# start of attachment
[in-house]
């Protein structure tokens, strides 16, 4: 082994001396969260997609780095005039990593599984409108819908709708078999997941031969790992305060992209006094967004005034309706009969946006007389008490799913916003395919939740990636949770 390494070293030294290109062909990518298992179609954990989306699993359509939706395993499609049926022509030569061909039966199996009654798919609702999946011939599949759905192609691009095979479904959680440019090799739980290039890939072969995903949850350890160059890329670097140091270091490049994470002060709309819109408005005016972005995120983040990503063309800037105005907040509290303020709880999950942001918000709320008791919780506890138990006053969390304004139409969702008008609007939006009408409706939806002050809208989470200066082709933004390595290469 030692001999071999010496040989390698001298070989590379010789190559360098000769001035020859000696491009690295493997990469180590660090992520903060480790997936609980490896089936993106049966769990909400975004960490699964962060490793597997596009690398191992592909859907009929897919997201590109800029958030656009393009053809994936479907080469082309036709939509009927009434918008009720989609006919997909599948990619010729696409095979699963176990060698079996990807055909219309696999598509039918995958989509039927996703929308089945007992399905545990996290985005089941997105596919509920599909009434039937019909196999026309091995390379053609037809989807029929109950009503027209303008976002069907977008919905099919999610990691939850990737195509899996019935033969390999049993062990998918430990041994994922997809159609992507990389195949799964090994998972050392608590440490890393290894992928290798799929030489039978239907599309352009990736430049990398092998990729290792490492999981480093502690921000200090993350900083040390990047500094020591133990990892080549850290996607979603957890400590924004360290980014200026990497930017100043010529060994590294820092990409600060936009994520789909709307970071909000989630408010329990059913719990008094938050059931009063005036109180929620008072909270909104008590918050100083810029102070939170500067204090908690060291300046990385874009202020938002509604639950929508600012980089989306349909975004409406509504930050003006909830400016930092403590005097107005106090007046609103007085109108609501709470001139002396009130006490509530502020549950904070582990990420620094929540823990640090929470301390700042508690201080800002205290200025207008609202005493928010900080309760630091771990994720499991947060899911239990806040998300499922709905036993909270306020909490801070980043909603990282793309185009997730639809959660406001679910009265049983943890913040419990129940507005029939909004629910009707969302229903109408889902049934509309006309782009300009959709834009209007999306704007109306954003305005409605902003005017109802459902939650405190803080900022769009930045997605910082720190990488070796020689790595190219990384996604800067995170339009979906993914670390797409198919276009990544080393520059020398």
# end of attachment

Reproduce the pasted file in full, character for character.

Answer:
[in-house]
């Protein structure tokens, strides 16, 4: 082994001396969260997609780095005039990593599984409108819908709708078999997941031969790992305060992209006094967004005034309706009969946006007389008490799913916003395919939740990636949770 390494070293030294290109062909990518298992179609954990989306699993359509939706395993499609049926022509030569061909039966199996009654798919609702999946011939599949759905192609691009095979479904959680440019090799739980290039890939072969995903949850350890160059890329670097140091270091490049994470002060709309819109408005005016972005995120983040990503063309800037105005907040509290303020709880999950942001918000709320008791919780506890138990006053969390304004139409969702008008609007939006009408409706939806002050809208989470200066082709933004390595290469 030692001999071999010496040989390698001298070989590379010789190559360098000769001035020859000696491009690295493997990469180590660090992520903060480790997936609980490896089936993106049966769990909400975004960490699964962060490793597997596009690398191992592909859907009929897919997201590109800029958030656009393009053809994936479907080469082309036709939509009927009434918008009720989609006919997909599948990619010729696409095979699963176990060698079996990807055909219309696999598509039918995958989509039927996703929308089945007992399905545990996290985005089941997105596919509920599909009434039937019909196999026309091995390379053609037809989807029929109950009503027209303008976002069907977008919905099919999610990691939850990737195509899996019935033969390999049993062990998918430990041994994922997809159609992507990389195949799964090994998972050392608590440490890393290894992928290798799929030489039978239907599309352009990736430049990398092998990729290792490492999981480093502690921000200090993350900083040390990047500094020591133990990892080549850290996607979603957890400590924004360290980014200026990497930017100043010529060994590294820092990409600060936009994520789909709307970071909000989630408010329990059913719990008094938050059931009063005036109180929620008072909270909104008590918050100083810029102070939170500067204090908690060291300046990385874009202020938002509604639950929508600012980089989306349909975004409406509504930050003006909830400016930092403590005097107005106090007046609103007085109108609501709470001139002396009130006490509530502020549950904070582990990420620094929540823990640090929470301390700042508690201080800002205290200025207008609202005493928010900080309760630091771990994720499991947060899911239990806040998300499922709905036993909270306020909490801070980043909603990282793309185009997730639809959660406001679910009265049983943890913040419990129940507005029939909004629910009707969302229903109408889902049934509309006309782009300009959709834009209007999306704007109306954003305005409605902003005017109802459902939650405190803080900022769009930045997605910082720190990488070796020689790595190219990384996604800067995170339009979906993914670390797409198919276009990544080393520059020398």